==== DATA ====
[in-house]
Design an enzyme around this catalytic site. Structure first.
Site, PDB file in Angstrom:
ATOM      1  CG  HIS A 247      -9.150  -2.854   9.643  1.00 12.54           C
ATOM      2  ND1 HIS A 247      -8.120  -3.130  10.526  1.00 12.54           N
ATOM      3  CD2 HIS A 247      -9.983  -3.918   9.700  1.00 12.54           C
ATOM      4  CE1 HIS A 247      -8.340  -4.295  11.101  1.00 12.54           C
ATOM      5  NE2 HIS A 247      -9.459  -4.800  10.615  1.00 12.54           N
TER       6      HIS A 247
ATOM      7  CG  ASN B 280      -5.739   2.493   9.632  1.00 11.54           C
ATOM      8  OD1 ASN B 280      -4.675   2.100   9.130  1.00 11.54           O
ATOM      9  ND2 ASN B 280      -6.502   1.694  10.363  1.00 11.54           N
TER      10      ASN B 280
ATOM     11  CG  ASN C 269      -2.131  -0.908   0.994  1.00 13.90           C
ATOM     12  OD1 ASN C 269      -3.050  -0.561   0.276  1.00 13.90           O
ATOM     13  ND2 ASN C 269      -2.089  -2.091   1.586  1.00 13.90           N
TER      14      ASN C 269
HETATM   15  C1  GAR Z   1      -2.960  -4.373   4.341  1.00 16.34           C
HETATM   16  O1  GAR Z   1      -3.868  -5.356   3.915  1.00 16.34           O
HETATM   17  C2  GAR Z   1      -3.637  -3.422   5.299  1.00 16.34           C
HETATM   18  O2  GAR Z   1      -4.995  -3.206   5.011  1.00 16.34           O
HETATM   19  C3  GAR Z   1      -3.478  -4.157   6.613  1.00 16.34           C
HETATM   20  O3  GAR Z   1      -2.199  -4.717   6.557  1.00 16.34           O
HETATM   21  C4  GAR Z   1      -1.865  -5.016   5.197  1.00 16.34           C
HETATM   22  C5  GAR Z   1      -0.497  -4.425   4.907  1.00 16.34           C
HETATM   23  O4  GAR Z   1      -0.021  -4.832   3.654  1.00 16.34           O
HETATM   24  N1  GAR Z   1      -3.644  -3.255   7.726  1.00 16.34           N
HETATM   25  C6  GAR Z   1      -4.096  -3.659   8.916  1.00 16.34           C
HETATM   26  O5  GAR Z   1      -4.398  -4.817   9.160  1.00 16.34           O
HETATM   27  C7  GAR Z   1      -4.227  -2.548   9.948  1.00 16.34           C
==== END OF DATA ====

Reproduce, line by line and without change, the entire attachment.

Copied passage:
[in-house]
Design an enzyme around this catalytic site. Structure first.
Site, PDB file in Angstrom:
ATOM      1  CG  HIS A 247      -9.150  -2.854   9.643  1.00 12.54           C
ATOM      2  ND1 HIS A 247      -8.120  -3.130  10.526  1.00 12.54           N
ATOM      3  CD2 HIS A 247      -9.983  -3.918   9.700  1.00 12.54           C
ATOM      4  CE1 HIS A 247      -8.340  -4.295  11.101  1.00 12.54           C
ATOM      5  NE2 HIS A 247      -9.459  -4.800  10.615  1.00 12.54           N
TER       6      HIS A 247
ATOM      7  CG  ASN B 280      -5.739   2.493   9.632  1.00 11.54           C
ATOM      8  OD1 ASN B 280      -4.675   2.100   9.130  1.00 11.54           O
ATOM      9  ND2 ASN B 280      -6.502   1.694  10.363  1.00 11.54           N
TER      10      ASN B 280
ATOM     11  CG  ASN C 269      -2.131  -0.908   0.994  1.00 13.90           C
ATOM     12  OD1 ASN C 269      -3.050  -0.561   0.276  1.00 13.90           O
ATOM     13  ND2 ASN C 269      -2.089  -2.091   1.586  1.00 13.90           N
TER      14      ASN C 269
HETATM   15  C1  GAR Z   1      -2.960  -4.373   4.341  1.00 16.34           C
HETATM   16  O1  GAR Z   1      -3.868  -5.356   3.915  1.00 16.34           O
HETATM   17  C2  GAR Z   1      -3.637  -3.422   5.299  1.00 16.34           C
HETATM   18  O2  GAR Z   1      -4.995  -3.206   5.011  1.00 16.34           O
HETATM   19  C3  GAR Z   1      -3.478  -4.157   6.613  1.00 16.34           C
HETATM   20  O3  GAR Z   1      -2.199  -4.717   6.557  1.00 16.34           O
HETATM   21  C4  GAR Z   1      -1.865  -5.016   5.197  1.00 16.34           C
HETATM   22  C5  GAR Z   1      -0.497  -4.425   4.907  1.00 16.34           C
HETATM   23  O4  GAR Z   1      -0.021  -4.832   3.654  1.00 16.34           O
HETATM   24  N1  GAR Z   1      -3.644  -3.255   7.726  1.00 16.34           N
HETATM   25  C6  GAR Z   1      -4.096  -3.659   8.916  1.00 16.34           C
HETATM   26  O5  GAR Z   1      -4.398  -4.817   9.160  1.00 16.34           O
HETATM   27  C7  GAR Z   1      -4.227  -2.548   9.948  1.00 16.34           C